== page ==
Ethereum’s Vitalik Buterin May Get His Way on Ether Supply Cap — 5 Years Late

In 2018, Vitalik Buterin’s proposal to cap the supply of ether at 120 million ETH was dismissed as a joke

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Alexey Smyshlyaev/Shutterstock modified by Blockworks

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Ethereum has no formal cap on the supply of ether, but it looks to be getting an informal one thanks to the burn.

The total ether supply is now projected to have peaked in March at 120.5 million ETH, and has declined by about 100,000 ETH since then, according to data from Ultrasound Money.

Some observers note the historical irony of that 120 million number; Ethereum co-founder Vitalik Buterin proposed it as a hard cap back in April 2018. To be fair, it was the first day of April, and Buterin confessed the following day that his suggestion was an April Fools’ prank of sorts — though he did intend to encourage a very real debate on the subject.

Still — joke or not — Buterin’s suggestion was generally dismissed on the merits, as unhelpful and unworkable.

At the time, the circulating supply of ether — due to its genesis allocations and subsequent proof-of-work issuance — stood at about 98.5 million. It would be 32 more months before long-term holders could start locking 32 ETH in the Beacon Chain’s validator deposit contract, and longer still before the London hard fork introduced the concept of burning a portion of Ethereum transaction fees with EIP-1559.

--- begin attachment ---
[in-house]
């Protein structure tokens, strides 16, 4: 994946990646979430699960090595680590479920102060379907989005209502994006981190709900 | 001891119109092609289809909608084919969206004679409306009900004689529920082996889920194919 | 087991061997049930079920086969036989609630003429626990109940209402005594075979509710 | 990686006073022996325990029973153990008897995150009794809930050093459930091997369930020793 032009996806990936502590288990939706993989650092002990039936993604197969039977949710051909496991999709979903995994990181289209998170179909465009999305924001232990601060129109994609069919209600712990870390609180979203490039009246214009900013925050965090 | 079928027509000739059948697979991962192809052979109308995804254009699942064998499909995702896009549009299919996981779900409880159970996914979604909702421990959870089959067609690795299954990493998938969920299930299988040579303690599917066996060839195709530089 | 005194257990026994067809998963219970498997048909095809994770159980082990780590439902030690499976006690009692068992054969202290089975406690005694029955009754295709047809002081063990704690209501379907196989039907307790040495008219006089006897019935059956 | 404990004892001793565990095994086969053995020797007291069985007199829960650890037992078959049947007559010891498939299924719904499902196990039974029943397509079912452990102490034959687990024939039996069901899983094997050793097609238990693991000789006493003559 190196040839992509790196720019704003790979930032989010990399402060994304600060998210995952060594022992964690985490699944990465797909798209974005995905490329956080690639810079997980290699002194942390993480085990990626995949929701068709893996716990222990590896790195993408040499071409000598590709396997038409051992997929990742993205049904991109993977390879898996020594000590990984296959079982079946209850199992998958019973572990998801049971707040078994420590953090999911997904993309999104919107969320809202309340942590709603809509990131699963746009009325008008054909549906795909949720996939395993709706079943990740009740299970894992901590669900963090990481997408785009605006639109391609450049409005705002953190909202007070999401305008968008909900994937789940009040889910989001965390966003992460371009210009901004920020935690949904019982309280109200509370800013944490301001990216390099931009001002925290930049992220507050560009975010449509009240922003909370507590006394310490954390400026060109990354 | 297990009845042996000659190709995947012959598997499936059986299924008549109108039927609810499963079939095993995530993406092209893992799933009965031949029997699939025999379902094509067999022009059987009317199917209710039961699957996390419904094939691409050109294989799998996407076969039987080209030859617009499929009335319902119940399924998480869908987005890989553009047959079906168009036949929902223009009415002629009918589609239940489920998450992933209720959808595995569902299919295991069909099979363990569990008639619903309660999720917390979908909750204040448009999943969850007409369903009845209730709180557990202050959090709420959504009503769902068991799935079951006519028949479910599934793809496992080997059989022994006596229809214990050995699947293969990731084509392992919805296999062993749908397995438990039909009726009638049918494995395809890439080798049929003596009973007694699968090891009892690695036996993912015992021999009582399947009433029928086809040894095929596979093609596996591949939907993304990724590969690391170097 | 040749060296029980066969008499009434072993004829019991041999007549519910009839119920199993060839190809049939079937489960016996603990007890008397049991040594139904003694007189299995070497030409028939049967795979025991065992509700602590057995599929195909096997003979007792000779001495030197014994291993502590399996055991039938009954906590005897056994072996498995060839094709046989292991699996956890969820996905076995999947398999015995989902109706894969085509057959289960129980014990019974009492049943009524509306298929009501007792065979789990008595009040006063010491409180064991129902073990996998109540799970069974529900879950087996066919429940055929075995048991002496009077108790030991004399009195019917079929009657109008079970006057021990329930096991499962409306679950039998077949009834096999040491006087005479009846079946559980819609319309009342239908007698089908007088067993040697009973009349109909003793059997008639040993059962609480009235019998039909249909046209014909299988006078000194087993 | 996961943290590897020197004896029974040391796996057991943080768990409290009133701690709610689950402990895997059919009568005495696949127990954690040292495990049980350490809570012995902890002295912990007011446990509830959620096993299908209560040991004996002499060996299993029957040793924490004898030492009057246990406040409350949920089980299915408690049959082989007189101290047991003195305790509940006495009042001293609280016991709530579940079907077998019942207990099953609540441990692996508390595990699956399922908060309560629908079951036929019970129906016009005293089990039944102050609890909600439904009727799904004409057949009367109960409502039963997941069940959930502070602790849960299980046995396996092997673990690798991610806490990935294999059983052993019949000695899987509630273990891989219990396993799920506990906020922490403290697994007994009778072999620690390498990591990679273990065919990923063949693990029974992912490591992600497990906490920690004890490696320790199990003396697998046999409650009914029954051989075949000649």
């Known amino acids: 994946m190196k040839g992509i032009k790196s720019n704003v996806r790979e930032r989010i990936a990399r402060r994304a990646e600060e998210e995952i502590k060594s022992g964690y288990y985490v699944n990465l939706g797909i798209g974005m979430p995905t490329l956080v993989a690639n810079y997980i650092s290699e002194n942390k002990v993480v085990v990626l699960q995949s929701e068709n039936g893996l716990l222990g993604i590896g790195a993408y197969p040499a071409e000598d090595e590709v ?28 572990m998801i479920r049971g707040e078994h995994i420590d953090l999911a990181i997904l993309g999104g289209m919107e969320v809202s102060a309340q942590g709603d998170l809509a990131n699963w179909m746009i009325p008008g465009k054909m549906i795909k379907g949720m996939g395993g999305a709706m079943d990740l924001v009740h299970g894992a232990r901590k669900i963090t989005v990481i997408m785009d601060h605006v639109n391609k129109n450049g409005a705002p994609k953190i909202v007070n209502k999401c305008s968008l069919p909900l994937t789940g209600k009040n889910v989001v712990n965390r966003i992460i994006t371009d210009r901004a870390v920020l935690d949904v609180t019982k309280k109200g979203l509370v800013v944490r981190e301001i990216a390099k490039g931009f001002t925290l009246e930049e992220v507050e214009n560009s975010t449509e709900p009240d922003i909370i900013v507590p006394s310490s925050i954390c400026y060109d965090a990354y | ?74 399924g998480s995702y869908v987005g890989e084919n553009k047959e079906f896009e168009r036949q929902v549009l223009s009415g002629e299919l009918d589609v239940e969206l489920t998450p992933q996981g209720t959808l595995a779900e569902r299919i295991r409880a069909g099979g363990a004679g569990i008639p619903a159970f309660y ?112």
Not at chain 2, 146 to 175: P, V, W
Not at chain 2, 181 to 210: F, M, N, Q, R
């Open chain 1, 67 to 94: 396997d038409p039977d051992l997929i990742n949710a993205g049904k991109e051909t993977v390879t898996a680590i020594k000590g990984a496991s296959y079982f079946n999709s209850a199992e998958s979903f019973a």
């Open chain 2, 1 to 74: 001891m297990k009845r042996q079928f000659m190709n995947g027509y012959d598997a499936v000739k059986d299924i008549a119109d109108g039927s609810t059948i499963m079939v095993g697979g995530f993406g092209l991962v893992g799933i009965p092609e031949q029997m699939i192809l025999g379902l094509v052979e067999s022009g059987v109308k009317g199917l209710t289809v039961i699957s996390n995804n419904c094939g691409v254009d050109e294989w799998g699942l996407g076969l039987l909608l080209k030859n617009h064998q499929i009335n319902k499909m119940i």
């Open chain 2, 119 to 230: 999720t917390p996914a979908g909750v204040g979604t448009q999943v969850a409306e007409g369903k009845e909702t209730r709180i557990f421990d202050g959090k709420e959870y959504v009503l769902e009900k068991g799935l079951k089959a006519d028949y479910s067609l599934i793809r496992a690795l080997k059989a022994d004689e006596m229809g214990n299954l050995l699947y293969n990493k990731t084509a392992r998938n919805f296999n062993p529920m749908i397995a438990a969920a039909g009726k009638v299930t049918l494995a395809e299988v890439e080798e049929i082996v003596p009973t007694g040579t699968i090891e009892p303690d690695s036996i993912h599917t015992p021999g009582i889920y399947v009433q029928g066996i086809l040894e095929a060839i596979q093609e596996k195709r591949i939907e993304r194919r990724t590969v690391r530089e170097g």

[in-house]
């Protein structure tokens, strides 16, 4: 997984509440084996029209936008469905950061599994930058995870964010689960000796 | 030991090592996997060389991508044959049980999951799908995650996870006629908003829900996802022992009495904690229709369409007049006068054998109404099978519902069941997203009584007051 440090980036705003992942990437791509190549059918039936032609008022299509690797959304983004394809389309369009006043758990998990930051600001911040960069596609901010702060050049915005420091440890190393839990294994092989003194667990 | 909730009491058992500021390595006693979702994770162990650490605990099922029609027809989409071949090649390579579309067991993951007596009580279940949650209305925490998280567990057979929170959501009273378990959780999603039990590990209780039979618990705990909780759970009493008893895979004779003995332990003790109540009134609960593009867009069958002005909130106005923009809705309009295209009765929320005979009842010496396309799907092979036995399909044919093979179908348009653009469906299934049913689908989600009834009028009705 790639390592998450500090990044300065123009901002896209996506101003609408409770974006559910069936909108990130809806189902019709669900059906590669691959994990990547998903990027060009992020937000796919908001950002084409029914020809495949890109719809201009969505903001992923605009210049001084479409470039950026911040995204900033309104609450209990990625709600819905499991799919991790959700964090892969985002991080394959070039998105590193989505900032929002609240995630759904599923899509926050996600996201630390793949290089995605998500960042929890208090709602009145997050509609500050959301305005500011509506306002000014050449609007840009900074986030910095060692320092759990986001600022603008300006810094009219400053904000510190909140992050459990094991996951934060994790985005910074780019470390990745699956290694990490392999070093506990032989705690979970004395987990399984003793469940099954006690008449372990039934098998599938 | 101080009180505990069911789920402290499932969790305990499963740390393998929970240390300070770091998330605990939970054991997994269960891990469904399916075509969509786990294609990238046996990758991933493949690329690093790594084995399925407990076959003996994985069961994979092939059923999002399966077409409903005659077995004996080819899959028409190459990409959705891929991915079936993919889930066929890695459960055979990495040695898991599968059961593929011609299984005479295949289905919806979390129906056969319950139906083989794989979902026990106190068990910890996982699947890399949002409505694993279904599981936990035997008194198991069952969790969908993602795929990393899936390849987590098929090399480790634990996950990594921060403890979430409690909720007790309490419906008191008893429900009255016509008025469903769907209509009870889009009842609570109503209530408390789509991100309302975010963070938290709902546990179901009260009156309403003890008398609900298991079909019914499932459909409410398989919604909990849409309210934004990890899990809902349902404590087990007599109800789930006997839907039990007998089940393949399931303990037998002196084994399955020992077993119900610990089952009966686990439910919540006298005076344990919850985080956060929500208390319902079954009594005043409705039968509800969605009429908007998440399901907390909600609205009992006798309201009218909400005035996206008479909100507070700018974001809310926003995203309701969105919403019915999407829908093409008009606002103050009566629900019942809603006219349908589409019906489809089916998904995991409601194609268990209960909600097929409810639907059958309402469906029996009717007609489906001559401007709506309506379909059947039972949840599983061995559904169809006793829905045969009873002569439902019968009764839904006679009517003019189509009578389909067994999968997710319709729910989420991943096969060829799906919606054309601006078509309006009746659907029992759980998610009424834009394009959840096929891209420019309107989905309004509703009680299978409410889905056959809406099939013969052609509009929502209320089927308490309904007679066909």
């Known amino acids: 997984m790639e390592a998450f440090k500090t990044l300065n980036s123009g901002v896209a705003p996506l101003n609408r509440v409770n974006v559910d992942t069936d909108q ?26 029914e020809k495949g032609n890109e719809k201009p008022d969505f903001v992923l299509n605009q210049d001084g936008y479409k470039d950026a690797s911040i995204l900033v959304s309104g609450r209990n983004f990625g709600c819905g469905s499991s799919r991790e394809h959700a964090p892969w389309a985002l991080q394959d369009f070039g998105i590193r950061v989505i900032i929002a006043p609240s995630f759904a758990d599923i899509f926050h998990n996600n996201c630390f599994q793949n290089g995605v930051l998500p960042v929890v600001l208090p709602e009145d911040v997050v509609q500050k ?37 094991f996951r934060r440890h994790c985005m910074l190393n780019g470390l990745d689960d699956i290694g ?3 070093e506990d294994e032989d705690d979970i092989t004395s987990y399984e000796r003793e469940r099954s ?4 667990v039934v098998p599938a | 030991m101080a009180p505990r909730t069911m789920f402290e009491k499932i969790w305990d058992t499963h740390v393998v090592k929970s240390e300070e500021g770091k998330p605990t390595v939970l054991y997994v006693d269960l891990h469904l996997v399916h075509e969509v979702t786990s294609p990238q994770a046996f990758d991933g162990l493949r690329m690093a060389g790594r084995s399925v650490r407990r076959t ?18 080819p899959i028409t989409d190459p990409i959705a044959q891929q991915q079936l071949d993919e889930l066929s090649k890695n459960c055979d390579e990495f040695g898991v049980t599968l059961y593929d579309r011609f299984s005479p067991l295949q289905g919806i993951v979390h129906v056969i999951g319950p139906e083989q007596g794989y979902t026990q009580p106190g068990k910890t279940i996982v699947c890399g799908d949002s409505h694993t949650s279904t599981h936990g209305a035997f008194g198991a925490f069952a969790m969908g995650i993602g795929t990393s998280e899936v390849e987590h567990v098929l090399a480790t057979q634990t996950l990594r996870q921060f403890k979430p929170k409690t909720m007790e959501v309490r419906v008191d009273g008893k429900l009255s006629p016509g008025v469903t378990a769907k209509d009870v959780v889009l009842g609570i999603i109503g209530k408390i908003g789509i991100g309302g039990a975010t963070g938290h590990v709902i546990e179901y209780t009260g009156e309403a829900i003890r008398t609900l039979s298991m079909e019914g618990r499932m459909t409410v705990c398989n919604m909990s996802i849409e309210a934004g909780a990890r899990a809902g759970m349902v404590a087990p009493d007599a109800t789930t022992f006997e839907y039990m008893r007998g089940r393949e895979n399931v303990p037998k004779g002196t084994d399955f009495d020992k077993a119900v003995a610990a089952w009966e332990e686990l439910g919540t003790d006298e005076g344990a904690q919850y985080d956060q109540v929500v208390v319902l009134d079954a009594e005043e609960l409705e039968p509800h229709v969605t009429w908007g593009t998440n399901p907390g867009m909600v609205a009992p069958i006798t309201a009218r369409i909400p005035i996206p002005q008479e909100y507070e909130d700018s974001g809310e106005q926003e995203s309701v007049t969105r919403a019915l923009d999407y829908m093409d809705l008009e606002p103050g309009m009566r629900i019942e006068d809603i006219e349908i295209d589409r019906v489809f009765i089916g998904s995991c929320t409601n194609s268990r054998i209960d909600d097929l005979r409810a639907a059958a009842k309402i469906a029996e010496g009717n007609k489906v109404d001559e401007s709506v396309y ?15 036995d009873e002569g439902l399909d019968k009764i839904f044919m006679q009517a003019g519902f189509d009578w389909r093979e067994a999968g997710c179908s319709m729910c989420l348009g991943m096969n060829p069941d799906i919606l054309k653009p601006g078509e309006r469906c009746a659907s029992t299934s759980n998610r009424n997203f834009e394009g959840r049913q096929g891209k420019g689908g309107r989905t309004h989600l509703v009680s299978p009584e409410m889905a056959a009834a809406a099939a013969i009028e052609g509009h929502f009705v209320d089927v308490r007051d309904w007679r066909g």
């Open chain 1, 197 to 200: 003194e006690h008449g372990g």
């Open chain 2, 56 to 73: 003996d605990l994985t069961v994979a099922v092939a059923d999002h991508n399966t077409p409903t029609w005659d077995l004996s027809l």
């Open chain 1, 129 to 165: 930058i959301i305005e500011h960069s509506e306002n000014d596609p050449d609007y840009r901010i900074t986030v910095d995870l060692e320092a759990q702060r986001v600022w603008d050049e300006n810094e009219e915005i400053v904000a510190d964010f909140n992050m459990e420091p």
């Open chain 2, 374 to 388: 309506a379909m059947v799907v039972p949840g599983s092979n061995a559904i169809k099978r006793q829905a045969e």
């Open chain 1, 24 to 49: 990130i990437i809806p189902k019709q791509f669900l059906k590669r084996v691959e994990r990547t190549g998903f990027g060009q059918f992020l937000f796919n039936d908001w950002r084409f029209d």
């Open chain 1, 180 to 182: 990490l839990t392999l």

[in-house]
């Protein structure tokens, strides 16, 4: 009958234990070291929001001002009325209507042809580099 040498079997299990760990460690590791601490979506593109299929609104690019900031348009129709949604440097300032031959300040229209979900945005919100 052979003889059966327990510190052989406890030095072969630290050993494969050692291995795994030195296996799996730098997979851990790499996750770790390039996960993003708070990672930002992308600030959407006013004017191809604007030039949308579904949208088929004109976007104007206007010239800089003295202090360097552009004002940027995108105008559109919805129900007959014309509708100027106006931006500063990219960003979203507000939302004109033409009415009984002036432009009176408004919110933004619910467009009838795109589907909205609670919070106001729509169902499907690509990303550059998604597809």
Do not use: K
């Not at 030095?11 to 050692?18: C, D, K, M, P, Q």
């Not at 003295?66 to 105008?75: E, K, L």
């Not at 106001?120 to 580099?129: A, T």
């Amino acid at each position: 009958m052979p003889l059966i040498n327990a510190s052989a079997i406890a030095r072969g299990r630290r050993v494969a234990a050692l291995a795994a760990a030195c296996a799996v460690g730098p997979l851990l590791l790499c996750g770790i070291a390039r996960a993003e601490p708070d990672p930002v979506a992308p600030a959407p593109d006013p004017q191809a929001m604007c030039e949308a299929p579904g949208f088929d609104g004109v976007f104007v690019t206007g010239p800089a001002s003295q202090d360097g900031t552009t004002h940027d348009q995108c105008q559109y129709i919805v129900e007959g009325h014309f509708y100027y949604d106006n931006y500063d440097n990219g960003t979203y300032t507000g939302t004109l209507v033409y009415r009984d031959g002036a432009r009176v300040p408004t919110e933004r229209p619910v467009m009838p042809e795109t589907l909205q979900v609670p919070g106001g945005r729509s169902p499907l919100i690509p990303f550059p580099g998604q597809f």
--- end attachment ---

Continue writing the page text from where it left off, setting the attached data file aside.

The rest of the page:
A year later, the Merge further bent the curve of ether supply towards deflation, as it instantly reduced the rate of issuance — the supply previously required, under proof-of-work, for the network to operate.

Source: Ultrasound.Money

The purpose of EIP-1559 was not to reduce transaction fees, but for them to become “more predictable and thereby make the fee estimation problem — the problem of choosing the optimal gas price for a transaction — as straightforward as possible,” according to the December 2020 research paper by Tim Roughgarden detailing the concept.

For many ether holders, the more long-term ramification, however, may be the de facto supply cap, which was considered a “side benefit” at the time of its introduction.

Buried on page 52 of the 58-page paper, Roughgarden wrote, “because burned fees are effectively a lump sum refund to ETH holders, the value of ETH would be tied directly to the intensity of network usage.”

Three and a half years later, the price is about half what it was when the network’s London hard fork took effect near the height of the previous bull market euphoria. But ether’s supply has been undergoing deflation for 5 months straight, fueled by all kinds of network usage, from rollups to meme tokens.

On top of that, the amount of ether staked has been trending steadily higher, reaching an all-time high Thursday, with upwards of 566,000 validators.

Around 3,100 metric tons of gold will be mined in 2023, resulting in between 2-3% supply inflation. 

Bitcoin’s inflation rate stands at 1.74%. Ether’s supply, meanwhile, has fallen 1.07% since the burn began.


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